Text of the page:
Albert Einstein and The Black Hole

Well … humanity has seen one of these cosmic beasts

“We have seen what we thought was unseeable,” Sheperd Doeleman, of Harvard University and the Harvard-Smithsonian Center for Astrophysics, said today (April 10) during a press conference at the National Press Club in Washington, D.C.

Doeleman directs the Event Horizon Telescope (EHT) project, which captured the epic imagery. These photos, which were unveiled today at press events around the world and published papers too, the monster black hole lurking at the heart of the elliptical galaxy M87.

The imagery is mind-blowing enough in its own right. But even more significant is the trail the new results will likely blaze, researchers said.

“There’s really a new field to explore,” Peter Galison, a professor of physics and the history of science at Harvard, said in an EHT talk last month at the South by Southwest (SXSW) festival in Austin, Texas. “And that’s ultimately what’s so exciting about this.”

Galison, who co-founded Harvard’s interdisciplinary Black Hole Initiative (BHI), compared the imagery’s potential impact to that of the drawings made by English scientist Robert Hooke in the 1600s. These illustrations showed people what insects and plants look like through a microscope.

“It opened a world,” Galison said of Hooke’s work.

SO … Albert Einstein is a genius ….

The image on the Event Horizon Telescope (EHT) project shows today (April 10), further bolster Einstein’s century theory, researchers said.

“Today, general relativity has passed another crucial test, this one spanning from horizons to the stars,” EHT team member Avery Broderick, of the University of Waterloo and the Perimeter Institute for Theoretical Physics in Canada, said during a news conference today at the National Press Club in Washington, D.C.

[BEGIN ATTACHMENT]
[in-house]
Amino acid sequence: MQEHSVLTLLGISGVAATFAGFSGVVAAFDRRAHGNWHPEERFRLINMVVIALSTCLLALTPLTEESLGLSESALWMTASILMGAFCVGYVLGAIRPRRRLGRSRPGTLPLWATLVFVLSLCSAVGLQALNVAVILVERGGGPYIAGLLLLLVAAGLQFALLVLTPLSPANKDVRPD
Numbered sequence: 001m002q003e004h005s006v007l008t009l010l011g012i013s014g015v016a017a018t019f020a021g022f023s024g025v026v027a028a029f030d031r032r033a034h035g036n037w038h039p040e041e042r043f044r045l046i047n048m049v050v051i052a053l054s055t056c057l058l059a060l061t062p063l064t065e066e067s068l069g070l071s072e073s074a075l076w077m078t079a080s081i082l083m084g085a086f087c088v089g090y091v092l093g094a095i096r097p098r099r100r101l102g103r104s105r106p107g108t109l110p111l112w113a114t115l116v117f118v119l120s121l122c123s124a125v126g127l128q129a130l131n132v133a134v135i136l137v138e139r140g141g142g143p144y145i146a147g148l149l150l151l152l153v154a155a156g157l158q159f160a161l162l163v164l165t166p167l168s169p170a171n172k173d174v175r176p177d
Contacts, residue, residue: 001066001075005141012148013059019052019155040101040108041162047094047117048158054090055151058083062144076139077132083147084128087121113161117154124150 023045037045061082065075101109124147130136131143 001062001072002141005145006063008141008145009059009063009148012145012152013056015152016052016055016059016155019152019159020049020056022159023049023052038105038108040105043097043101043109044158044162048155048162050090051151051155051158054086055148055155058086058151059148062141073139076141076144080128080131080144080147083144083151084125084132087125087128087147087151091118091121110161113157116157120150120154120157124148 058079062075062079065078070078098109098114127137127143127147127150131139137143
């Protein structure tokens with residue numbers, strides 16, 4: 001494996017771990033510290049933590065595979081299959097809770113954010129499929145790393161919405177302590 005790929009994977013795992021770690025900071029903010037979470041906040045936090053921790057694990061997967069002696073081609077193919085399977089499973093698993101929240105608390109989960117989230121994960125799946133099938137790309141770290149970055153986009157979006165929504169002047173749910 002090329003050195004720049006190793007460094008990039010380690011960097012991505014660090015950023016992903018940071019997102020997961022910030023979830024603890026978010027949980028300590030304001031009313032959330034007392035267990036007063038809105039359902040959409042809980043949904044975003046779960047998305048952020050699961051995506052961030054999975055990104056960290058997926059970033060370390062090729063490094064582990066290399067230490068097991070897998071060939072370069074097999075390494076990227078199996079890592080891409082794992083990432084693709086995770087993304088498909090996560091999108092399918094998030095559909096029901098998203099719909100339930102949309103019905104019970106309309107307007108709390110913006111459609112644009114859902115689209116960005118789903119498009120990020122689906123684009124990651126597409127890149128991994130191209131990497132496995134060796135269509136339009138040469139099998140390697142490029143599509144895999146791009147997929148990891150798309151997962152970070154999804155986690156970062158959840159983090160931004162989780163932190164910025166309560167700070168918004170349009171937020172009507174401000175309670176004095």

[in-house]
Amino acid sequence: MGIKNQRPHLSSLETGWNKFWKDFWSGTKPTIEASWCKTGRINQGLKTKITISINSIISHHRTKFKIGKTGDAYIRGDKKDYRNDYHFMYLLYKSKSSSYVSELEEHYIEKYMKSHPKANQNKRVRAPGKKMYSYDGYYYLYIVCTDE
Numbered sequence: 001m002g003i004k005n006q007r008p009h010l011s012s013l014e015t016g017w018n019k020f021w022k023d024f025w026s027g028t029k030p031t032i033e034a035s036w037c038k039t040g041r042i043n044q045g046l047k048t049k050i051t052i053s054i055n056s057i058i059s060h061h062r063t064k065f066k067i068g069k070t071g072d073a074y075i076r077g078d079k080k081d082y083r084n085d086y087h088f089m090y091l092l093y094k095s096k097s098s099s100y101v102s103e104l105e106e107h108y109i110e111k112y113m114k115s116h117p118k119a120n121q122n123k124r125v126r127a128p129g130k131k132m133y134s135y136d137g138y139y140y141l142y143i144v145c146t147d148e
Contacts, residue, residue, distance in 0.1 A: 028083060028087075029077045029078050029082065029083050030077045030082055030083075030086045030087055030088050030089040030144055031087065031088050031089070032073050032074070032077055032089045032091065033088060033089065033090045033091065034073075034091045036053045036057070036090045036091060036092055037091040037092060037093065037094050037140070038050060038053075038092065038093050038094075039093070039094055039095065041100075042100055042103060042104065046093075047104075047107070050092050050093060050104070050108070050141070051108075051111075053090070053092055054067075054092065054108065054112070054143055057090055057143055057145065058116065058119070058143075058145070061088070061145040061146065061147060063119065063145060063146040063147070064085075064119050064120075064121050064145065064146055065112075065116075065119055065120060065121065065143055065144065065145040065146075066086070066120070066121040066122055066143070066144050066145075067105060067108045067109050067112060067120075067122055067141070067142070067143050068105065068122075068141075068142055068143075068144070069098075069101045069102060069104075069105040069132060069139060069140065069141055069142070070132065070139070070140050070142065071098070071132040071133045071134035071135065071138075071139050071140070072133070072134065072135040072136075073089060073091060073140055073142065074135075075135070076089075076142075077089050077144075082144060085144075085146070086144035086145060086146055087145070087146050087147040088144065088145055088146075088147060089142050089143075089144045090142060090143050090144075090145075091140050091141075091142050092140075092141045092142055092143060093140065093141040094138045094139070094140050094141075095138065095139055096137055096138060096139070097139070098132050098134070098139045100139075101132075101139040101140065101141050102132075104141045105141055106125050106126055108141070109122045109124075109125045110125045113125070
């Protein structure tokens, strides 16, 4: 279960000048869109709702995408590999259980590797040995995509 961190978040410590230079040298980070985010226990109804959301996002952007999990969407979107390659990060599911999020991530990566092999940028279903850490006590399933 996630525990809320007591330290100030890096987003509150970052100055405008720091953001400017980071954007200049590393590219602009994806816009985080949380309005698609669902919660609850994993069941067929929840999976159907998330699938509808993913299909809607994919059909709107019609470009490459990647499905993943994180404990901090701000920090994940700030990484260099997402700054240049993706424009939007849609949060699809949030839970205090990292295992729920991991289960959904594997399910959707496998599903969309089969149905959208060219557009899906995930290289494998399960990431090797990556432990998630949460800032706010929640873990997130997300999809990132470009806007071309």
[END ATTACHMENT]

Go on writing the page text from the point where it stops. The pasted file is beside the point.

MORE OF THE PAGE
So this describes gravity as a consequence of the warping of space-time. Massive objects create a sort or well in the cosmic fabric, which passing bodies fall into because they’re following curved contours (not as a result of some mysterious force at a distance, which had been the prevailing view before Einstein came along).

General relativity makes specific predictions about how this warping works. For example, the theory posits that black holes exist and that each of these gravitational monsters has an event horizon — a point of no return beyond which nothing, not even light, can escape. Further, the event horizon should be roughly circular and of a predictable size, which depends on the black hole’s mass.

And that’s just what we see in the newly unveiled EHT images, which show the silhouette of the supermassive black hole at the heart of M87, a giant elliptical galaxy that lies 55 million light-years from Earth.

“The shadow exists, is nearly circular and the inferred mass matches estimates due to the dynamics of stars 100,000 times farther away,” Broderick said.

That mass, by the way, is 6.5 billion times that of Earth’s sun. That’s huge even by supermassive-black-hole standards; for comparison, the behemoth at the heart of our Milky Way galaxy weighs in at a mere 4.3 million solar masses.

Holes weren’t the super-massive type; combined, they contained just a few dozen solar masses.)

So, it’s not exactly a surprise that Einstein was right about event horizons as well. But confirming that general relativity holds in a hitherto unstudied realm has great value, EHT team members said.

EHT’s work “has verified Einstein’s theories of gravity in this most extreme laboratory,” EHT director Sheperd Doeleman, of Harvard University and the Harvard-Smithsonian Center for Astrophysics, said during today’s press conference.

Ragnar Larsen